Guest Blog by Nitish Arora and Charu Lata
While COVID-19 is an immediate priority for India, actions to reduce harmful emissions such as by transitioning to electric mobility can achieve major wins for public health, for the environment, and for India’s economy. The state of Gujarat aspires to be an electric mobility hub and was one of the earliest states to draft an electric vehicles (EV) policy. Stakeholders are now calling upon the state to finalize and release the Gujarat EV policy to keep up with market trends as well as reap the economic, environmental, and societal benefits of a robust EV market.
A recent panel discussion, Unlocking the Billion-Dollar EV Opportunity for Gujarat, hosted by NRDC, CEPT University, and Gujarat Energy Research & Management Institute (GERMI), highlighted how Gujarat can harness its strength as a growing auto hub in the global shift toward EVs.
Highlights from the Discussion
Gujarat is committed to advancing electric mobility. Mr. Akhilesh Magal (GERMI) highlighted the initiatives taken by the state so far, including classifying EVs as a ‘sunrise’ sector as part of its Industrial Policy 2020, and setting up a lucrative incentive structure to bring in investments for EV manufacturing and allied industries.
He emphasized how collective action from industry can support the creation of political will necessary to quickly formalize the EV policy. That can support setting up the manufacturing base and pave the way for reduced dependence on vehicle and component imports, aligning with the “Make in India” and “Atmanirbhar Bharat” (self-reliant India) campaigns. The Society Of Manufacturers Of Electric Vehicles (SMEV) and stakeholders also plan to send a coalition letter of support to the state government to formalize the Gujarat EV policy.
Over 80% of cities in India struggle with unhealthy air quality. Shivanand Swamy of CEPT University stressed that EVs make even more sense for the cities of Ahmedabad, Vadodara, Rajkot, and Surat - where air quality has been deteriorating over the last five years, and the concentration of fine particle pollution/ particulate matter (PM) pollution has almost doubled. Widespread adoption of EVs would reduce exposure to nitrogen oxides (NOx), sulfur oxides (SOx), and PM, thus improving health outcomes.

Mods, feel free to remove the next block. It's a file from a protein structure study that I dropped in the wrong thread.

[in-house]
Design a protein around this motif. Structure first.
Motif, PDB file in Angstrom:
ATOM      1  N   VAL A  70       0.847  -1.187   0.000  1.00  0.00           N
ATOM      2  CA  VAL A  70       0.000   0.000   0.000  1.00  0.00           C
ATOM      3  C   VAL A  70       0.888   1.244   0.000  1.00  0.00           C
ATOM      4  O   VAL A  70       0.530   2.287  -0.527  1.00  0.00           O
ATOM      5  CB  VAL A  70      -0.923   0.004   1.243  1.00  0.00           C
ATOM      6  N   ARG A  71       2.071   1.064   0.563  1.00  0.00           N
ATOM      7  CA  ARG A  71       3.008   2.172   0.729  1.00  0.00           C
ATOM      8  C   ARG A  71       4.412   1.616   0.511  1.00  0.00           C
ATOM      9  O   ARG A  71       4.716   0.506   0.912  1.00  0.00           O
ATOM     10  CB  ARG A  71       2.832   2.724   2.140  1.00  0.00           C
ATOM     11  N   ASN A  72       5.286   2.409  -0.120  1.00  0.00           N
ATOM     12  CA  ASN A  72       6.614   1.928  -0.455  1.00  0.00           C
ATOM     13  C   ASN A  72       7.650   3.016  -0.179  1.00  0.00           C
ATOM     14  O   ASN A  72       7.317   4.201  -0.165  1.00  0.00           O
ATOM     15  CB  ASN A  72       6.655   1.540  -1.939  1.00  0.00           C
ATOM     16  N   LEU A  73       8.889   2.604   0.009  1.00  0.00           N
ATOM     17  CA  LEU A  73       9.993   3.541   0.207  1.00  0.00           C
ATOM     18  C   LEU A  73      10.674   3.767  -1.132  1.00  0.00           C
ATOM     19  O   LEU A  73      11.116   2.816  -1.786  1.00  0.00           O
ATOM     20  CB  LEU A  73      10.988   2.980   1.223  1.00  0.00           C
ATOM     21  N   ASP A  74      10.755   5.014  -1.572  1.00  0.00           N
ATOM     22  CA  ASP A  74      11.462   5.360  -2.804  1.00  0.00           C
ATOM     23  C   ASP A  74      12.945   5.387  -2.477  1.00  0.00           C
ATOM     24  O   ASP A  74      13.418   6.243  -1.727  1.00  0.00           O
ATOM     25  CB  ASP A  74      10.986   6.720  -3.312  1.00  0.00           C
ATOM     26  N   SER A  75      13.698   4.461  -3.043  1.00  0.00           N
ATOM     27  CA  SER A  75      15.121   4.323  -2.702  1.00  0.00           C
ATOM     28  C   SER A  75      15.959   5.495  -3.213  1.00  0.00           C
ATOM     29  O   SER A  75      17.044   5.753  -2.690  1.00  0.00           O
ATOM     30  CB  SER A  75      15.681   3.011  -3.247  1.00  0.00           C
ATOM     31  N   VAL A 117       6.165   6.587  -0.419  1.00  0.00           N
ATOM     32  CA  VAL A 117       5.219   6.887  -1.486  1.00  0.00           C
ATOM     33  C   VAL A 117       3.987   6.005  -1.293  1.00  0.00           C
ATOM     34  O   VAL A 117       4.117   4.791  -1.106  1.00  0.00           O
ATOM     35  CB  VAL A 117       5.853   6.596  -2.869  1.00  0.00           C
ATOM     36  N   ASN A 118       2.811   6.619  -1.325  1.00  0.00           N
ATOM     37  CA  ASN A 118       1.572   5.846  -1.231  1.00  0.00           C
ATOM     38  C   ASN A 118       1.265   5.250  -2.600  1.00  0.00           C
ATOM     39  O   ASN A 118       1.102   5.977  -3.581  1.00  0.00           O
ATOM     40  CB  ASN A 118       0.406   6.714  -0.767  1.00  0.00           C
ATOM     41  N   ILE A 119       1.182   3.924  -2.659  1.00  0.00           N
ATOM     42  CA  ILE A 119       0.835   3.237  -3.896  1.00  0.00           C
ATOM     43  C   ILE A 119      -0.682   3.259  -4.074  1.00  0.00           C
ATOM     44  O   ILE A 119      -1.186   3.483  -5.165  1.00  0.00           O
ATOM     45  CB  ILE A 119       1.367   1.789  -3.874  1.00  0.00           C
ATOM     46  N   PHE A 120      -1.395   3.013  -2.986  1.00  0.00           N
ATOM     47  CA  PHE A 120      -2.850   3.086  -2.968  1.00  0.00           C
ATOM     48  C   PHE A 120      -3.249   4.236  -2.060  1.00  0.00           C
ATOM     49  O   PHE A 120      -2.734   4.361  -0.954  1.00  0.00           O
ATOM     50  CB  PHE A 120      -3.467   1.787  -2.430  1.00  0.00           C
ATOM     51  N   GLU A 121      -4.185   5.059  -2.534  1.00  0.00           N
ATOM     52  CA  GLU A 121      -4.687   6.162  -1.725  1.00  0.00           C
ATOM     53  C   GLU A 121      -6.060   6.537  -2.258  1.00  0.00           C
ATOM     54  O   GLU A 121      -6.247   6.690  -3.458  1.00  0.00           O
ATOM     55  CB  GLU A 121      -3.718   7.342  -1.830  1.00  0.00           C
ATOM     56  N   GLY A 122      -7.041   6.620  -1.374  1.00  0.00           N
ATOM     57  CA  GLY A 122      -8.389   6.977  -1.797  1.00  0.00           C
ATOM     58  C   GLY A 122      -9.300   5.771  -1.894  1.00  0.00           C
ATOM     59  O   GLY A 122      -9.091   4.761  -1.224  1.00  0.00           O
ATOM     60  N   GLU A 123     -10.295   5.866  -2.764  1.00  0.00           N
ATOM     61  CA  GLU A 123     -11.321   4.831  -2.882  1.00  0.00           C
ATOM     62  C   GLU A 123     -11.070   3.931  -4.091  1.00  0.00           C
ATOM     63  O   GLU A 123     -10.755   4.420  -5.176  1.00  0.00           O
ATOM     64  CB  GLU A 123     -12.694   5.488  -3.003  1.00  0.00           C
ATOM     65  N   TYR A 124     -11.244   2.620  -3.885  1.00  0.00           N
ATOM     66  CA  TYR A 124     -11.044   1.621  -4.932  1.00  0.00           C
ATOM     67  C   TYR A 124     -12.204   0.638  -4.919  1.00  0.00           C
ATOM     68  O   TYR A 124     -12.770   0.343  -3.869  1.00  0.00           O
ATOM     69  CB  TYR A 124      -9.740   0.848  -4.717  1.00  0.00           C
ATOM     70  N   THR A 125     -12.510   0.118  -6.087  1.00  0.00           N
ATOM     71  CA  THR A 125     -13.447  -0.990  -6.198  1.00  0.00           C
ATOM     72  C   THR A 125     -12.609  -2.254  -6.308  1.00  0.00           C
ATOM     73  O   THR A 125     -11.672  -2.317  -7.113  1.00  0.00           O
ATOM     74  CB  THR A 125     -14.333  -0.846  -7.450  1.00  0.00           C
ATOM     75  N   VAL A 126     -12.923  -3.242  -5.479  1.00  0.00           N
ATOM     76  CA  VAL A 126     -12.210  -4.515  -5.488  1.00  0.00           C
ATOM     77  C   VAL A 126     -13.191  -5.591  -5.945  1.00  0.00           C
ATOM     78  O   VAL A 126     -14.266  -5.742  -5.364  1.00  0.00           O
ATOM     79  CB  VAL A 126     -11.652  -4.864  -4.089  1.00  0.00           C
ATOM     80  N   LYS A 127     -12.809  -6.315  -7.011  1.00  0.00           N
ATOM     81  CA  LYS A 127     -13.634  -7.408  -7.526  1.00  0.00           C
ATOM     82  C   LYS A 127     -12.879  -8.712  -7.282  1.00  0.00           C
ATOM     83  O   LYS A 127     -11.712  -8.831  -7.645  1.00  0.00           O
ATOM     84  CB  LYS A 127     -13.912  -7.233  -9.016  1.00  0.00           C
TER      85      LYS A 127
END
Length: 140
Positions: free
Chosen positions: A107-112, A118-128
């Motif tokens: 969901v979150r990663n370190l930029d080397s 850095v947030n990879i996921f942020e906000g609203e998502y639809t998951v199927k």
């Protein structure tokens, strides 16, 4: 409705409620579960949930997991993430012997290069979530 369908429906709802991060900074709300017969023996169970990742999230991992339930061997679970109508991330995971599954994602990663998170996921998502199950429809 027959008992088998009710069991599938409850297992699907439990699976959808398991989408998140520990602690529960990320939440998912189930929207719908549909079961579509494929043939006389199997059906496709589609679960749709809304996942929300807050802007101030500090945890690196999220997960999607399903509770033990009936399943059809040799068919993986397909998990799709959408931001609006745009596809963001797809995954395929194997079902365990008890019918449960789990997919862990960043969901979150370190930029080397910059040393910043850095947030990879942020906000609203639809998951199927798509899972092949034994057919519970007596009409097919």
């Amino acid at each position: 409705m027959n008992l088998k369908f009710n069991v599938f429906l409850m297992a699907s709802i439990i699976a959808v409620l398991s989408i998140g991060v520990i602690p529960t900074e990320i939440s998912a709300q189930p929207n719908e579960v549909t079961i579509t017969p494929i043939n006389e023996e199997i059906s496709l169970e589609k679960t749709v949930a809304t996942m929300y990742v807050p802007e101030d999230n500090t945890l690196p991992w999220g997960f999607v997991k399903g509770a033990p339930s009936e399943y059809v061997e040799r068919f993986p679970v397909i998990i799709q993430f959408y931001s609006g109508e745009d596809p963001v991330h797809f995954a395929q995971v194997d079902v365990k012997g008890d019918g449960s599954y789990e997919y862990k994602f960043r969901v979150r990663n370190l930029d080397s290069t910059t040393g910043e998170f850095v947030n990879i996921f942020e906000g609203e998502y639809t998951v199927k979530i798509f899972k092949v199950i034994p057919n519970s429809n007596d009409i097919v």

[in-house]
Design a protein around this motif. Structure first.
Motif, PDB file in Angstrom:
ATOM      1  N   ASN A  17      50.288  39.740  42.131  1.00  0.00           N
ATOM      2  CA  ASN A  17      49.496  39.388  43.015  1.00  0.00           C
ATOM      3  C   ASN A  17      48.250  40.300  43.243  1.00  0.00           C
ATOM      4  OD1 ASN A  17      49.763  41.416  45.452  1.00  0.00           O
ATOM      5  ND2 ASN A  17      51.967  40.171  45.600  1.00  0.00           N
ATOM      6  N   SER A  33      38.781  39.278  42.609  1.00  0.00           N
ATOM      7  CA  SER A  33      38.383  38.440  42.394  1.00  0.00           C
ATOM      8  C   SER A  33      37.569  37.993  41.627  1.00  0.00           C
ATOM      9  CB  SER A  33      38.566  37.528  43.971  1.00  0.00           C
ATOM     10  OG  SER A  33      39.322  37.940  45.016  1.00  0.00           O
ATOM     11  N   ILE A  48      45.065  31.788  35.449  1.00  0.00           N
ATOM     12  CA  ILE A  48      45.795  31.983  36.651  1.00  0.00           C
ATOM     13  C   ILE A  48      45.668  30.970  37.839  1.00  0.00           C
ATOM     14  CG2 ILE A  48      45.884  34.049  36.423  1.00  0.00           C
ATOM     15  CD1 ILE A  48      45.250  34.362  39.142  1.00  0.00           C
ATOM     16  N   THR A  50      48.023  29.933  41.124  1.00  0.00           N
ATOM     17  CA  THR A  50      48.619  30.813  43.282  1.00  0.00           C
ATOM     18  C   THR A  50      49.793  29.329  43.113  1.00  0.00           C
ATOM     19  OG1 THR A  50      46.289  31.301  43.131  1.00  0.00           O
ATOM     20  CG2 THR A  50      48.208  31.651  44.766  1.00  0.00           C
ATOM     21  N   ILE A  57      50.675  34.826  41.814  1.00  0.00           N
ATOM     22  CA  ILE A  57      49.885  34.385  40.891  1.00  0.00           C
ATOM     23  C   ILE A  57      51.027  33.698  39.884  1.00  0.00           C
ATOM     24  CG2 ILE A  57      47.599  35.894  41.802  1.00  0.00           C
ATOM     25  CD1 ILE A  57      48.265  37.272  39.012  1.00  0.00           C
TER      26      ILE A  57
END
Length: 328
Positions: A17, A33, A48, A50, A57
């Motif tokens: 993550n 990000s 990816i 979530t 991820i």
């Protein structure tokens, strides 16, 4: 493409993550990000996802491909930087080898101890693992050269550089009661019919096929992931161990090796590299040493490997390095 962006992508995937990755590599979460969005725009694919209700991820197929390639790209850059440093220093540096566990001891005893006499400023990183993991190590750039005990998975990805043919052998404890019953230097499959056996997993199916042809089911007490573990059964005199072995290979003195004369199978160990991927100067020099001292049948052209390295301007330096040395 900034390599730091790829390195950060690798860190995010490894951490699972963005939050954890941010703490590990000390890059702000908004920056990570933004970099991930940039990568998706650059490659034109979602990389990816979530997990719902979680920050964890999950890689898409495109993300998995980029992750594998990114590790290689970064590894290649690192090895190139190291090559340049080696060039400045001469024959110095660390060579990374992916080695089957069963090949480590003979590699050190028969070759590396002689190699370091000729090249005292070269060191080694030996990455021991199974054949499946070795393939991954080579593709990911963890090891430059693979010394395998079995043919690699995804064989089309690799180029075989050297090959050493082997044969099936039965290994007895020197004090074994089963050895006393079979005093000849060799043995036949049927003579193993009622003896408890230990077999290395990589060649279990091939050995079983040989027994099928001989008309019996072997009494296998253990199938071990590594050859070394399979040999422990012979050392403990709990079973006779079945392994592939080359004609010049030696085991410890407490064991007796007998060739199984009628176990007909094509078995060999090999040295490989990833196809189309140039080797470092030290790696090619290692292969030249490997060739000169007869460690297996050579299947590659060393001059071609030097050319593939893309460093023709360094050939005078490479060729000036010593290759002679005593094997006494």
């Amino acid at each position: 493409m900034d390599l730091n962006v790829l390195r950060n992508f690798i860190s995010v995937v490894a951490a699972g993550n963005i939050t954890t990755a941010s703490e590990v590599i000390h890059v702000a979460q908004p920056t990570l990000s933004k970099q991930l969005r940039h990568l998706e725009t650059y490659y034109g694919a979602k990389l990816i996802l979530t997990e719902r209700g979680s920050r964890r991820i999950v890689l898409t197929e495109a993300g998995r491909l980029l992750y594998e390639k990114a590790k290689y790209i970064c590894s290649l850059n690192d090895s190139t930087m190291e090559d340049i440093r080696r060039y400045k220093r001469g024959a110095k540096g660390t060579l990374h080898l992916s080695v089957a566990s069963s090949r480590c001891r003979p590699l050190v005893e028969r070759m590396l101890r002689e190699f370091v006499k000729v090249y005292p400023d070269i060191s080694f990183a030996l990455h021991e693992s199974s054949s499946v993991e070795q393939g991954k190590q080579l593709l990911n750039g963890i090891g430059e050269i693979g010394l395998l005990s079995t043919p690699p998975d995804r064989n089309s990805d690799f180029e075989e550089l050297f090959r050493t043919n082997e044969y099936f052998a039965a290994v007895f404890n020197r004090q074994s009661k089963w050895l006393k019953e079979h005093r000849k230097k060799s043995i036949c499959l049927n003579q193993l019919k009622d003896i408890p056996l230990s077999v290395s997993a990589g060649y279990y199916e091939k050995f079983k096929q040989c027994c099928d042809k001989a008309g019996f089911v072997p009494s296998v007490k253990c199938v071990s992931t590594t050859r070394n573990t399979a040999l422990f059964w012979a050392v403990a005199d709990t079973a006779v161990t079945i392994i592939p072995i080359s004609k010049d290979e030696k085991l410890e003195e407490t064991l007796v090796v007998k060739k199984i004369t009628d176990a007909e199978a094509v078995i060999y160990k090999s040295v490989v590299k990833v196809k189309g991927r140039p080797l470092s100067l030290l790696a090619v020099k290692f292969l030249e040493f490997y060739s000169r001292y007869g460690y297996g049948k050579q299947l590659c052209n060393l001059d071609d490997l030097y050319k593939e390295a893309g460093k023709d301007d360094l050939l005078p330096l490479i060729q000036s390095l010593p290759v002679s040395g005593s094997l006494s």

Resolving the ‘chicken-and-egg’ dilemma facing charging infrastructure providers. From the stakeholder perspective, EV charging should be accorded infrastructure status and that the government should have a long-term policy strategy, like it does for manufacturing-related investments. There is no need for fiscal incentives to bring financial viability into the charging infrastructure business. Rather, the government should put in place enablers like socializing the grid upgradation cost, ensuring the energy operator has adequate power load, and land lease at viability rentals. Stakeholders proposed an innovative approach to create a few champion cities, saturating them with charging infrastructure, rather than spreading efforts across the state. This could create more EV public awareness and mass adoption. Fortum, a leading energy operator, expressed interest in partnering with the Gujarat state government to set up charging infrastructure.
Power utilities play an important role in the transition to electric mobility.
NRDC’s Dr. Simon Mui explained how state governments are partnering with power utilities in the U.S. and investing heavily in charging infrastructure. There is a tremendous opportunity to integrate the use of renewable energy to power EVs, especially as Gujarat has growing renewable energy capacity.
Identify hotspot use cases to jumpstart EV adoption. A targeted approach toward high use cases such as fleet operators, e-commerce, and logistic companies can help accelerate EV adoption in B2B use cases. The economics work well here as these vehicles put in more kilometers compared to private vehicles. For widespread EV adoption, Mr. Rahul Bhatnagar of Hero Moto Corp, suggested innovative business models such as battery leasing to separate out the battery cost (about 40%) from the vehicle. This would reduce the high upfront costs of EVs versus internal combustion engine (ICE) vehicles. Creating an aspirational value around EVs can help engage youth as ambassadors to accelerate EV adoption.
Holistic policy framework to increase the appetite of EVs. Aside from the traditional policy instruments of leveraging fiscal incentives, stakeholders suggested using non-fiscal measures to incentivize EVs over ICE vehicles. Low emission zones and zero emissions vehicle (ZEV) policies have successfully accelerated EV adoption in U.S. and European markets. Additionally, innovative financing instruments can help improve the bankability of projects in the EV sector. Several emerging financial solutions for EVs are presented in NRDC Issue Brief: Stakeholder Driven Solutions for Financing Electric Mobility.
During the discussion, NRDC and partners released a new factsheet, Transitioning to Electric Mobility in Gujarat, emphasizing the impacts and benefits of the state’s EV policy. The full report on Gujarat EV Policy can be found online here.
Both Nitish Arora and Charu Lata are Electric Mobility and Clean Energy Experts working as consultants with NRDC's India Program.